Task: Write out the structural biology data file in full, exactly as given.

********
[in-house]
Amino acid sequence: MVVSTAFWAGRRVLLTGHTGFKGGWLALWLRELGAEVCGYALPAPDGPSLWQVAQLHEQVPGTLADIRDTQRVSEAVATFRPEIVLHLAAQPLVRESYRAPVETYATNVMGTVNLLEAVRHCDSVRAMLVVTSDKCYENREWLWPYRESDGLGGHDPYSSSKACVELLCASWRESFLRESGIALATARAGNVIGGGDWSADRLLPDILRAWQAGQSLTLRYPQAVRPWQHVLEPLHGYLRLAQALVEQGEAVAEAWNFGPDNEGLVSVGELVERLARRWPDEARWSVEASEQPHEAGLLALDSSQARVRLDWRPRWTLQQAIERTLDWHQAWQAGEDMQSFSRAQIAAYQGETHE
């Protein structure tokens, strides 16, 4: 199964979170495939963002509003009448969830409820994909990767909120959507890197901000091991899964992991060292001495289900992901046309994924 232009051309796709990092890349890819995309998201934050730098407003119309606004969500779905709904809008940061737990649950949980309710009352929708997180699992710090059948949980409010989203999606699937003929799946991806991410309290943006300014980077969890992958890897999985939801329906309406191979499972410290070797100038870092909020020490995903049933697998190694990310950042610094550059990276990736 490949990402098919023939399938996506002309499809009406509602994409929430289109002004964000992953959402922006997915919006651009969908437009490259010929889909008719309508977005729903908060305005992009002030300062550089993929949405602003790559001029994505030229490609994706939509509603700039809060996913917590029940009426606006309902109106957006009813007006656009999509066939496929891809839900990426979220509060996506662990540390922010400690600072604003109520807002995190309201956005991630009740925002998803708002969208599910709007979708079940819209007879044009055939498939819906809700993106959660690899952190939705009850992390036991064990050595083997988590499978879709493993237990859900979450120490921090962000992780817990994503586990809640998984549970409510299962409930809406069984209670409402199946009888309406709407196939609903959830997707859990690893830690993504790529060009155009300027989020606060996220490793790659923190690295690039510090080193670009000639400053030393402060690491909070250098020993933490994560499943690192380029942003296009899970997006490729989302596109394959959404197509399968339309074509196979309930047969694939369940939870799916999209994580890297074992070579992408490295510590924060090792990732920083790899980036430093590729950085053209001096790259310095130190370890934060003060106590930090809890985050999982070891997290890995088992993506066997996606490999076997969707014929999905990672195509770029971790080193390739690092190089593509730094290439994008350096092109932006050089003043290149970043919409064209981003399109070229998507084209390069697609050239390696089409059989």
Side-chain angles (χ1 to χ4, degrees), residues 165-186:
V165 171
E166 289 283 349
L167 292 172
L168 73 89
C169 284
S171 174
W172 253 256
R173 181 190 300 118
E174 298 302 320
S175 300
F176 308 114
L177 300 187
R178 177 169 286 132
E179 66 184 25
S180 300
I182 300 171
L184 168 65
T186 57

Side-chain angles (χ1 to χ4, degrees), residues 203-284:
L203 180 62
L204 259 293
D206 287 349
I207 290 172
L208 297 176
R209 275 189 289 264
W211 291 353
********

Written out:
[in-house]
Amino acid sequence: MVVSTAFWAGRRVLLTGHTGFKGGWLALWLRELGAEVCGYALPAPDGPSLWQVAQLHEQVPGTLADIRDTQRVSEAVATFRPEIVLHLAAQPLVRESYRAPVETYATNVMGTVNLLEAVRHCDSVRAMLVVTSDKCYENREWLWPYRESDGLGGHDPYSSSKACVELLCASWRESFLRESGIALATARAGNVIGGGDWSADRLLPDILRAWQAGQSLTLRYPQAVRPWQHVLEPLHGYLRLAQALVEQGEAVAEAWNFGPDNEGLVSVGELVERLARRWPDEARWSVEASEQPHEAGLLALDSSQARVRLDWRPRWTLQQAIERTLDWHQAWQAGEDMQSFSRAQIAAYQGETHE
């Protein structure tokens, strides 16, 4: 199964979170495939963002509003009448969830409820994909990767909120959507890197901000091991899964992991060292001495289900992901046309994924 232009051309796709990092890349890819995309998201934050730098407003119309606004969500779905709904809008940061737990649950949980309710009352929708997180699992710090059948949980409010989203999606699937003929799946991806991410309290943006300014980077969890992958890897999985939801329906309406191979499972410290070797100038870092909020020490995903049933697998190694990310950042610094550059990276990736 490949990402098919023939399938996506002309499809009406509602994409929430289109002004964000992953959402922006997915919006651009969908437009490259010929889909008719309508977005729903908060305005992009002030300062550089993929949405602003790559001029994505030229490609994706939509509603700039809060996913917590029940009426606006309902109106957006009813007006656009999509066939496929891809839900990426979220509060996506662990540390922010400690600072604003109520807002995190309201956005991630009740925002998803708002969208599910709007979708079940819209007879044009055939498939819906809700993106959660690899952190939705009850992390036991064990050595083997988590499978879709493993237990859900979450120490921090962000992780817990994503586990809640998984549970409510299962409930809406069984209670409402199946009888309406709407196939609903959830997707859990690893830690993504790529060009155009300027989020606060996220490793790659923190690295690039510090080193670009000639400053030393402060690491909070250098020993933490994560499943690192380029942003296009899970997006490729989302596109394959959404197509399968339309074509196979309930047969694939369940939870799916999209994580890297074992070579992408490295510590924060090792990732920083790899980036430093590729950085053209001096790259310095130190370890934060003060106590930090809890985050999982070891997290890995088992993506066997996606490999076997969707014929999905990672195509770029971790080193390739690092190089593509730094290439994008350096092109932006050089003043290149970043919409064209981003399109070229998507084209390069697609050239390696089409059989």
Side-chain angles (χ1 to χ4, degrees), residues 165-186:
V165 171
E166 289 283 349
L167 292 172
L168 73 89
C169 284
S171 174
W172 253 256
R173 181 190 300 118
E174 298 302 320
S175 300
F176 308 114
L177 300 187
R178 177 169 286 132
E179 66 184 25
S180 300
I182 300 171
L184 168 65
T186 57

Side-chain angles (χ1 to χ4, degrees), residues 203-284:
L203 180 62
L204 259 293
D206 287 349
I207 290 172
L208 297 176
R209 275 189 289 264
W211 291 353